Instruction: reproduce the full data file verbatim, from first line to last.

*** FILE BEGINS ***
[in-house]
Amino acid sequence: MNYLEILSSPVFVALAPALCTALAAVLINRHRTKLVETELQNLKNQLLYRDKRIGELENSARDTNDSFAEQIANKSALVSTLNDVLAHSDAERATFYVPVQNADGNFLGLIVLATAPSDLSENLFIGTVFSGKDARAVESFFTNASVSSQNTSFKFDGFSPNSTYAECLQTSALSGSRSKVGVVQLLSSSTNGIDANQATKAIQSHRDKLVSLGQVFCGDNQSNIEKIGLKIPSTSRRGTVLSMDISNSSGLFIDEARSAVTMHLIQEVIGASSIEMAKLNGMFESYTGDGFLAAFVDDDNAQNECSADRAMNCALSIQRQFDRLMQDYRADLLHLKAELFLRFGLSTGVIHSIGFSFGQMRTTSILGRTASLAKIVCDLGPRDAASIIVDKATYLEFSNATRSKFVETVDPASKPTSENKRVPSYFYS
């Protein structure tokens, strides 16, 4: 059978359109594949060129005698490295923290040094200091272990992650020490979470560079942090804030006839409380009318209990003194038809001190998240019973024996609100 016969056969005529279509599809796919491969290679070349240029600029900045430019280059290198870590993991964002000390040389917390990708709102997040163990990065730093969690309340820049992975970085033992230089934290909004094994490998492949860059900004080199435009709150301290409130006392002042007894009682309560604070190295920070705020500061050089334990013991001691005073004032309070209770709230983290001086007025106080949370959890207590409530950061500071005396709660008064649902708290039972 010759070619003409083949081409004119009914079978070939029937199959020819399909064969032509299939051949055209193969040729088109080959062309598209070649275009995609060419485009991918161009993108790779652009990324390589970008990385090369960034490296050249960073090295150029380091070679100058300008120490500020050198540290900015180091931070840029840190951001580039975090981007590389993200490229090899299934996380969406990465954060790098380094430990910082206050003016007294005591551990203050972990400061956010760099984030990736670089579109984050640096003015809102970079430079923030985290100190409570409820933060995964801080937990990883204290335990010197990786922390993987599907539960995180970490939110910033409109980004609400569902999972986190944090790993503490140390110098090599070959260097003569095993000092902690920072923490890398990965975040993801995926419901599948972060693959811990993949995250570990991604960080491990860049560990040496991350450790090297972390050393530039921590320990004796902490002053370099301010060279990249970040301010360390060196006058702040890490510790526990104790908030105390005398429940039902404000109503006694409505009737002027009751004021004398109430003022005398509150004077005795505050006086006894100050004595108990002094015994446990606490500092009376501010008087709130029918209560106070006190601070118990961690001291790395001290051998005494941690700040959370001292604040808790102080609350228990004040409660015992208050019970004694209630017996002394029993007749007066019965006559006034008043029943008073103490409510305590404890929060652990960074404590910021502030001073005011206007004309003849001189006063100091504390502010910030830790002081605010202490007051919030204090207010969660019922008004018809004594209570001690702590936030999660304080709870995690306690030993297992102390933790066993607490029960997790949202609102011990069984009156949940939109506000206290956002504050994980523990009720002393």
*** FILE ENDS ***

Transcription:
[in-house]
Amino acid sequence: MNYLEILSSPVFVALAPALCTALAAVLINRHRTKLVETELQNLKNQLLYRDKRIGELENSARDTNDSFAEQIANKSALVSTLNDVLAHSDAERATFYVPVQNADGNFLGLIVLATAPSDLSENLFIGTVFSGKDARAVESFFTNASVSSQNTSFKFDGFSPNSTYAECLQTSALSGSRSKVGVVQLLSSSTNGIDANQATKAIQSHRDKLVSLGQVFCGDNQSNIEKIGLKIPSTSRRGTVLSMDISNSSGLFIDEARSAVTMHLIQEVIGASSIEMAKLNGMFESYTGDGFLAAFVDDDNAQNECSADRAMNCALSIQRQFDRLMQDYRADLLHLKAELFLRFGLSTGVIHSIGFSFGQMRTTSILGRTASLAKIVCDLGPRDAASIIVDKATYLEFSNATRSKFVETVDPASKPTSENKRVPSYFYS
């Protein structure tokens, strides 16, 4: 059978359109594949060129005698490295923290040094200091272990992650020490979470560079942090804030006839409380009318209990003194038809001190998240019973024996609100 016969056969005529279509599809796919491969290679070349240029600029900045430019280059290198870590993991964002000390040389917390990708709102997040163990990065730093969690309340820049992975970085033992230089934290909004094994490998492949860059900004080199435009709150301290409130006392002042007894009682309560604070190295920070705020500061050089334990013991001691005073004032309070209770709230983290001086007025106080949370959890207590409530950061500071005396709660008064649902708290039972 010759070619003409083949081409004119009914079978070939029937199959020819399909064969032509299939051949055209193969040729088109080959062309598209070649275009995609060419485009991918161009993108790779652009990324390589970008990385090369960034490296050249960073090295150029380091070679100058300008120490500020050198540290900015180091931070840029840190951001580039975090981007590389993200490229090899299934996380969406990465954060790098380094430990910082206050003016007294005591551990203050972990400061956010760099984030990736670089579109984050640096003015809102970079430079923030985290100190409570409820933060995964801080937990990883204290335990010197990786922390993987599907539960995180970490939110910033409109980004609400569902999972986190944090790993503490140390110098090599070959260097003569095993000092902690920072923490890398990965975040993801995926419901599948972060693959811990993949995250570990991604960080491990860049560990040496991350450790090297972390050393530039921590320990004796902490002053370099301010060279990249970040301010360390060196006058702040890490510790526990104790908030105390005398429940039902404000109503006694409505009737002027009751004021004398109430003022005398509150004077005795505050006086006894100050004595108990002094015994446990606490500092009376501010008087709130029918209560106070006190601070118990961690001291790395001290051998005494941690700040959370001292604040808790102080609350228990004040409660015992208050019970004694209630017996002394029993007749007066019965006559006034008043029943008073103490409510305590404890929060652990960074404590910021502030001073005011206007004309003849001189006063100091504390502010910030830790002081605010202490007051919030204090207010969660019922008004018809004594209570001690702590936030999660304080709870995690306690030993297992102390933790066993607490029960997790949202609102011990069984009156949940939109506000206290956002504050994980523990009720002393």